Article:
Cinemalaya 2022’s biggest winner was actually The Baseball Player, which earned awards for Best Film, Actor, Screenplay, and Editing. With its story about a 17 year-old orphaned child soldier who aspires to be a baseball player, the film offers a human exploration of the still-ongoing Moro Conflict in the southern Philippines.
In The Baseball Player, director Carlo Obispo deftly combines sports, coming-of-age, and war genre elements into a comprehensive whole, which broadens the films’ appeal. Tommy Alejandrino and JM San Jose also offer excellent performances as child characters, and help audiences viscerally feel how armed conflicts destroy youthful dreams.
Director: Mikhail Red | Starring: Nadine Lustre, Louise Delos Reyes, McCoy De Leon | Genre: Horror
When objectionable content gets posted to the world’s top social media networks, oftentimes an outsourced content moderator in the Philippines eventually reviews and removes it. Content moderators with repeated exposure to such content—suicides, pornography, terrorist acts—may suffer from lasting mental scars.
Deleter turns this premise into a horror movie, with actress Nadine Lustre playing a content moderator whose life begins spinning out of control after she witnesses the suicide of a colleague. While we wish the movie delved deeper into the broader social implications of the Philippines’ outsized global role in content moderation, Deleter at least offers an approachable imagining of the traumas that the business practice creates. Nadine Lustre’s performance makes Deleter especially compelling in this regard; she manages to balance a collected exterior with massive internal turmoil to convey her characters’ angst.
1. Leonor Will Never Die (Ang Pagbabalik ng Kwago)
Director: Martika Ramirez Escobar | Starring: Sheila Francisco, Bong Cabrera, Rocky Salumbides | Genre: Comedy, Drama, Psychological, Action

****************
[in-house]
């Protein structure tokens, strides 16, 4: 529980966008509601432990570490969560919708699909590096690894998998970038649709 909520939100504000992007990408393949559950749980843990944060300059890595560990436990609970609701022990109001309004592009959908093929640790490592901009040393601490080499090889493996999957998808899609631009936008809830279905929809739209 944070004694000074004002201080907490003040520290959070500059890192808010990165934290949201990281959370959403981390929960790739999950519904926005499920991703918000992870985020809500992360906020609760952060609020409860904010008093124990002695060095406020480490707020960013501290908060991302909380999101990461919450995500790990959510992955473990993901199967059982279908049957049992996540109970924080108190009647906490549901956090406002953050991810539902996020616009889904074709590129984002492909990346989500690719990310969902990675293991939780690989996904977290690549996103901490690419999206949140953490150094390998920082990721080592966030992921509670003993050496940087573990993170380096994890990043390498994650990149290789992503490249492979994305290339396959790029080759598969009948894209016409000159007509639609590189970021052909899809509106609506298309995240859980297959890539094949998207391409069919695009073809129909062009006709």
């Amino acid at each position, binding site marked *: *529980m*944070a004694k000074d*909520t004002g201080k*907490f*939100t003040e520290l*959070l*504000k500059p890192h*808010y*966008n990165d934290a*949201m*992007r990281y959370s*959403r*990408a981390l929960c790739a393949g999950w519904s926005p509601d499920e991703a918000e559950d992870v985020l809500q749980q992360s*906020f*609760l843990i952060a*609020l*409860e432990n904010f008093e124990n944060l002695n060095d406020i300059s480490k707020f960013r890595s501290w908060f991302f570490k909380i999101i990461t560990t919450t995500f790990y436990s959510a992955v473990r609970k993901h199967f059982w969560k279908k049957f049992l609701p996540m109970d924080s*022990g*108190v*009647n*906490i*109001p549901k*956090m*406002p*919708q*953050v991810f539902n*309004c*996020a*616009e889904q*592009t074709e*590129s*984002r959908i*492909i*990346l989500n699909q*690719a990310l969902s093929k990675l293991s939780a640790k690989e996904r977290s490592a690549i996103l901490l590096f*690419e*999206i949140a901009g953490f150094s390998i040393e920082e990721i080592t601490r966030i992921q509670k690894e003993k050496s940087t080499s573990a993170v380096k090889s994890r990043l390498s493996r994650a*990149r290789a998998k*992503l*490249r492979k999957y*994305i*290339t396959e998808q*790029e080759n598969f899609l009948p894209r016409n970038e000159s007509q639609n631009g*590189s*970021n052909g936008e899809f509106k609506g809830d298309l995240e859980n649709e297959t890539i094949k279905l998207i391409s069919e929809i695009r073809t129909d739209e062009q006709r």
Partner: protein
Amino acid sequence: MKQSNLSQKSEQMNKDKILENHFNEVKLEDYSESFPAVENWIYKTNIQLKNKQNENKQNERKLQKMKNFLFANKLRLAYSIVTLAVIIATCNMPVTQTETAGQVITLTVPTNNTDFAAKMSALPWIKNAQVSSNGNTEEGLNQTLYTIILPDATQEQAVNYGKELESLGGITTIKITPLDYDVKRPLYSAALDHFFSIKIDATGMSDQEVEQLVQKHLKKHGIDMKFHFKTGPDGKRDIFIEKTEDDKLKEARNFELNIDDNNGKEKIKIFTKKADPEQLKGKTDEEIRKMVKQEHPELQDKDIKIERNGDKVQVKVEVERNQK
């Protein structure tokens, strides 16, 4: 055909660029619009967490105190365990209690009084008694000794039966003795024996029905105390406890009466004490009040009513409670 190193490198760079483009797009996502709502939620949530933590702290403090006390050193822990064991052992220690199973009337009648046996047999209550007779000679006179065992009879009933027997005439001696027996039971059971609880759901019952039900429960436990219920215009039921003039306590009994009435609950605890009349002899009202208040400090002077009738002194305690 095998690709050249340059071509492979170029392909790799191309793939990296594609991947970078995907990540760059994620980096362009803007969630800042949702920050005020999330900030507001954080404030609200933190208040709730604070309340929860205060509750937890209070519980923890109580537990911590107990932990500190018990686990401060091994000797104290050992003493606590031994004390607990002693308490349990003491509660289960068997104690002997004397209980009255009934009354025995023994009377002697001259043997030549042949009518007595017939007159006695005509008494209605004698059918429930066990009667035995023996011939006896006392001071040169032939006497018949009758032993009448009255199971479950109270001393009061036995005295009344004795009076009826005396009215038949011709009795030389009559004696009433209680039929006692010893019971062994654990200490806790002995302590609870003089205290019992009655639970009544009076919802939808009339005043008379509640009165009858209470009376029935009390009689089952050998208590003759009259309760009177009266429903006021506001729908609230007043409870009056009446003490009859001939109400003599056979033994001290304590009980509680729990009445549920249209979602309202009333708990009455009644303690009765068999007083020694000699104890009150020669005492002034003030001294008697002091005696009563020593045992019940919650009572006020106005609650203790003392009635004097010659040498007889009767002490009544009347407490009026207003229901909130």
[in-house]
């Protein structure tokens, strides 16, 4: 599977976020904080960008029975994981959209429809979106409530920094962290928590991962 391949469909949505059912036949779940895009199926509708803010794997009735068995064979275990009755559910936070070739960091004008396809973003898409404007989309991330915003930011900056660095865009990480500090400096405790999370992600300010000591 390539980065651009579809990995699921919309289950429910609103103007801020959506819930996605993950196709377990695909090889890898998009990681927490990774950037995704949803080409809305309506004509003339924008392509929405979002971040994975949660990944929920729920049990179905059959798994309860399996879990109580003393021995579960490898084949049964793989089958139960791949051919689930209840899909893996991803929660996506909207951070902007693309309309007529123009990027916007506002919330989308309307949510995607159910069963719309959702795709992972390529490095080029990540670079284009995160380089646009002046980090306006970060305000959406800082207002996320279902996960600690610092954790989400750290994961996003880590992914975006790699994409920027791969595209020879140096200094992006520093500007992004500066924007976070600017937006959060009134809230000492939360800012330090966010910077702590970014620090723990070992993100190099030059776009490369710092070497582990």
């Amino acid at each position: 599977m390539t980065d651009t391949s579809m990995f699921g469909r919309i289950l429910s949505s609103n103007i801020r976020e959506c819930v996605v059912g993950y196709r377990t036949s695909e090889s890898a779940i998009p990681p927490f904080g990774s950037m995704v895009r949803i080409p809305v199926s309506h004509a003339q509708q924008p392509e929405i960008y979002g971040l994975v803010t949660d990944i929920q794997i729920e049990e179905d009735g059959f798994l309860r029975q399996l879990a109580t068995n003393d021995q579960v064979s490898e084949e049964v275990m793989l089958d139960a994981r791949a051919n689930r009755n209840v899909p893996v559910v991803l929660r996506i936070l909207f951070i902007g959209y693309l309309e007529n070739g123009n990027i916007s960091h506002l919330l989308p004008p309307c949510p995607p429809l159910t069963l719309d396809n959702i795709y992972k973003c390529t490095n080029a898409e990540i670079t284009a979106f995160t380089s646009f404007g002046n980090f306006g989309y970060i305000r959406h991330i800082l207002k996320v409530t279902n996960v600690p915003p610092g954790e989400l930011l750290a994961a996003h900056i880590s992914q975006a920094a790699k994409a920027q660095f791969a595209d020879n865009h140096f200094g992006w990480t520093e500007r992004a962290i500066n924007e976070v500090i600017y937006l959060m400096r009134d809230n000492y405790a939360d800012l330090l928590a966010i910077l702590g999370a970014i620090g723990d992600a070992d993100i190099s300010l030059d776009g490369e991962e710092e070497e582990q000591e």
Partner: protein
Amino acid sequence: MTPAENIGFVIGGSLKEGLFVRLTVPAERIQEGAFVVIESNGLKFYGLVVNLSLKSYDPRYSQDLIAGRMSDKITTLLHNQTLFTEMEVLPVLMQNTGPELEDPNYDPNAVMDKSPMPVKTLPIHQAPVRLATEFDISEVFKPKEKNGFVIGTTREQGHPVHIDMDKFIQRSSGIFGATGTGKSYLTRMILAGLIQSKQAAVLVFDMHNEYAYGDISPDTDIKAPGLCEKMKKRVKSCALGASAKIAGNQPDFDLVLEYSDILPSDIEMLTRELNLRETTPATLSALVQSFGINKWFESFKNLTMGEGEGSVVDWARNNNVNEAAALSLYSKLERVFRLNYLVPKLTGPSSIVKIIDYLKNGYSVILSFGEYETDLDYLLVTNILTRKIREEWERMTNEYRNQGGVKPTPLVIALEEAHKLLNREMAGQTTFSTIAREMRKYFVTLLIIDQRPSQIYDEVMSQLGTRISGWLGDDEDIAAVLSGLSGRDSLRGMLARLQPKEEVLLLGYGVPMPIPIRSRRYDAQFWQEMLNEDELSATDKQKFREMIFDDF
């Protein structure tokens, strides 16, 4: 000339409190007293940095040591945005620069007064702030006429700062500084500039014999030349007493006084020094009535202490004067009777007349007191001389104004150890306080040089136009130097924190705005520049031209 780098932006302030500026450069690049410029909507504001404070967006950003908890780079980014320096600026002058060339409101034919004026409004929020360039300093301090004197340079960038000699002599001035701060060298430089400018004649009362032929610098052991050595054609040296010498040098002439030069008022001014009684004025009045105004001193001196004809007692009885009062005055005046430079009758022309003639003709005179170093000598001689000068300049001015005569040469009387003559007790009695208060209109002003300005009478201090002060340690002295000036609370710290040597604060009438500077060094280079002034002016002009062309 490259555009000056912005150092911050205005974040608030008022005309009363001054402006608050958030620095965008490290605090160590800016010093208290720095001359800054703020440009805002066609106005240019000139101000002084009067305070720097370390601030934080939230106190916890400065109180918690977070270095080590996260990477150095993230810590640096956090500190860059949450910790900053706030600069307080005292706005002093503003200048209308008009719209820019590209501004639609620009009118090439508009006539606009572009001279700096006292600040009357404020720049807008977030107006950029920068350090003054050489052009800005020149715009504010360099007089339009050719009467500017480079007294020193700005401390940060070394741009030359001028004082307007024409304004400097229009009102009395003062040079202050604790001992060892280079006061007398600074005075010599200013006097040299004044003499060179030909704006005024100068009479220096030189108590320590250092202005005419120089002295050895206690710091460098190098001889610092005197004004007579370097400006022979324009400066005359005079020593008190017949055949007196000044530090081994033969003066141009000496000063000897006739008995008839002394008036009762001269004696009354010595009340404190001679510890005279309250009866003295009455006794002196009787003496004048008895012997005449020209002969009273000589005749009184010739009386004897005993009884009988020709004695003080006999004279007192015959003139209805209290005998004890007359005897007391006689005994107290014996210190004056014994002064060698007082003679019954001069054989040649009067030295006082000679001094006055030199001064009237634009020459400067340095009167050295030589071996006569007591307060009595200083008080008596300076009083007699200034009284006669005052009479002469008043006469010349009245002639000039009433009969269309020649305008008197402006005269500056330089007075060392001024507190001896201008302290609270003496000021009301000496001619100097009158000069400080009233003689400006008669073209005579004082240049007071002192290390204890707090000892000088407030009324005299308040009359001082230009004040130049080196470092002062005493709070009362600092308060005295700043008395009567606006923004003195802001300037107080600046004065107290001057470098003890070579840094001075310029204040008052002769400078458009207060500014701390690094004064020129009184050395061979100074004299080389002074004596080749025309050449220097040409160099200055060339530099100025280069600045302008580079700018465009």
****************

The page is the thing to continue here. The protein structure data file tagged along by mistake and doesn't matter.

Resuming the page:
Our choice for the #1 Filipino movie of 2022 is Leonor Will Never Die (Ang Pagbabalik ng Kwago). This film is the best of many worlds: artistically innovative, entertaining, yet also full of thought-provoking insight into the human condition. It’s a bit like a Filipino cousin to Hollywood’s Everything Everywhere All at Once.
Leonor Will Never Die focuses on a woman named Leonor Reyes, who’s long past her prime as a screenwriter for campy 1980’s Pinoy action movies. When a falling television set suddenly knocks her into a coma, Leonor gets transported into the magical realist world of one of her unfinished screenplays, where she gets a chance to workshop the script of her own life.
“Trippy” is one way to describe Leonor Will Never Die’s cinematic style—the movie jumps between aspect ratios, toggles between different color saturations, and overall remixes the aesthetics of classic Pinoy action flicks in a way that’s both familiar and fresh. Bombastic fights and musical numbers make the movie even more entertaining and approachable.
Leonor also touches upon some deeper themes in a way that doesn’t feel overwrought. For example, the surreal world of Leonor’s coma recreates the climate of the contemporary Philippine Drug War, and Leonor’s interactions in the world reflect how she deals with loss—whether of loved ones, of creative passions, or of one’s agency over life.